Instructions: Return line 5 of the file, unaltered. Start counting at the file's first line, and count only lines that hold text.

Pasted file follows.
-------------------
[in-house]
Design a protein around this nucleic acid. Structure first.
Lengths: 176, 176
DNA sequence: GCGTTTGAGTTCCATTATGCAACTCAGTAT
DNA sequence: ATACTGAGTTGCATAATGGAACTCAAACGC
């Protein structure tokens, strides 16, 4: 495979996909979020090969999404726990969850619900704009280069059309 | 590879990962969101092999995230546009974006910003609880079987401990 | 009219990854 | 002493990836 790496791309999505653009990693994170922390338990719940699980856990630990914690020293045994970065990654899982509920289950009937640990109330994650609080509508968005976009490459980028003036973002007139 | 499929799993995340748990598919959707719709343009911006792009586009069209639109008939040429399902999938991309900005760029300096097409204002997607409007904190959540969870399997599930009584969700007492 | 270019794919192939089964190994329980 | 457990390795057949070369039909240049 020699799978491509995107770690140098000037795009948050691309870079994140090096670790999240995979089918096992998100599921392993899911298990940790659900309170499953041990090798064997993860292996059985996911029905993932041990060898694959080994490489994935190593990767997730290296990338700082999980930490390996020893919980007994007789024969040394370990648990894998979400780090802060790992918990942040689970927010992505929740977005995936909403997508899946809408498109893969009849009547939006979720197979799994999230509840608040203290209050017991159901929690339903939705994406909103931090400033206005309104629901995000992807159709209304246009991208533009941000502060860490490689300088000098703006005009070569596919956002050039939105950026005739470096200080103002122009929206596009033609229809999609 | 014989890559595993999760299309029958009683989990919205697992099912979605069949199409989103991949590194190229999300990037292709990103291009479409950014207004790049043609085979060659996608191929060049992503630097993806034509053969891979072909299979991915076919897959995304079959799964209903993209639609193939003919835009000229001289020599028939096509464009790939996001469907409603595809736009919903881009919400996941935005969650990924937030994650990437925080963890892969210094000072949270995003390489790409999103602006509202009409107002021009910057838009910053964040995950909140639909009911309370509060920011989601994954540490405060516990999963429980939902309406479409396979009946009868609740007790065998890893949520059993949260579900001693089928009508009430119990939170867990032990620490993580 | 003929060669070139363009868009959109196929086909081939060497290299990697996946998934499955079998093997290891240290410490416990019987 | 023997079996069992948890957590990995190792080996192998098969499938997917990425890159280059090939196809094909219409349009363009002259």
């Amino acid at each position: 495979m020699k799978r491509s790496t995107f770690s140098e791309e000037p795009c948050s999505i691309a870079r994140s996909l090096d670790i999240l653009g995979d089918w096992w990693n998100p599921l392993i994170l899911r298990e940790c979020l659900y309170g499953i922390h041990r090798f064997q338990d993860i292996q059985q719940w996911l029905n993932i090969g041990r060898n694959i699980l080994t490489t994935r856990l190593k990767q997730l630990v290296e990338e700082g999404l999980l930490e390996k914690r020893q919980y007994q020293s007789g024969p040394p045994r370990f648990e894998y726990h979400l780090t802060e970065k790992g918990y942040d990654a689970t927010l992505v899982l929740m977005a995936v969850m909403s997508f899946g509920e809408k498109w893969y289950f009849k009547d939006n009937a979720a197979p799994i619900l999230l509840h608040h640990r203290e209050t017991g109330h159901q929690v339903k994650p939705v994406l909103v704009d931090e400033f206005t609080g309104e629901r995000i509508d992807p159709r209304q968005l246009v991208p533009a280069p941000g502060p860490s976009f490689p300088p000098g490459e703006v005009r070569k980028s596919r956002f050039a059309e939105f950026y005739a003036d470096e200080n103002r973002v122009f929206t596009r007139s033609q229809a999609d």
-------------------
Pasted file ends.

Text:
DNA sequence: ATACTGAGTTGCATAATGGAACTCAAACGC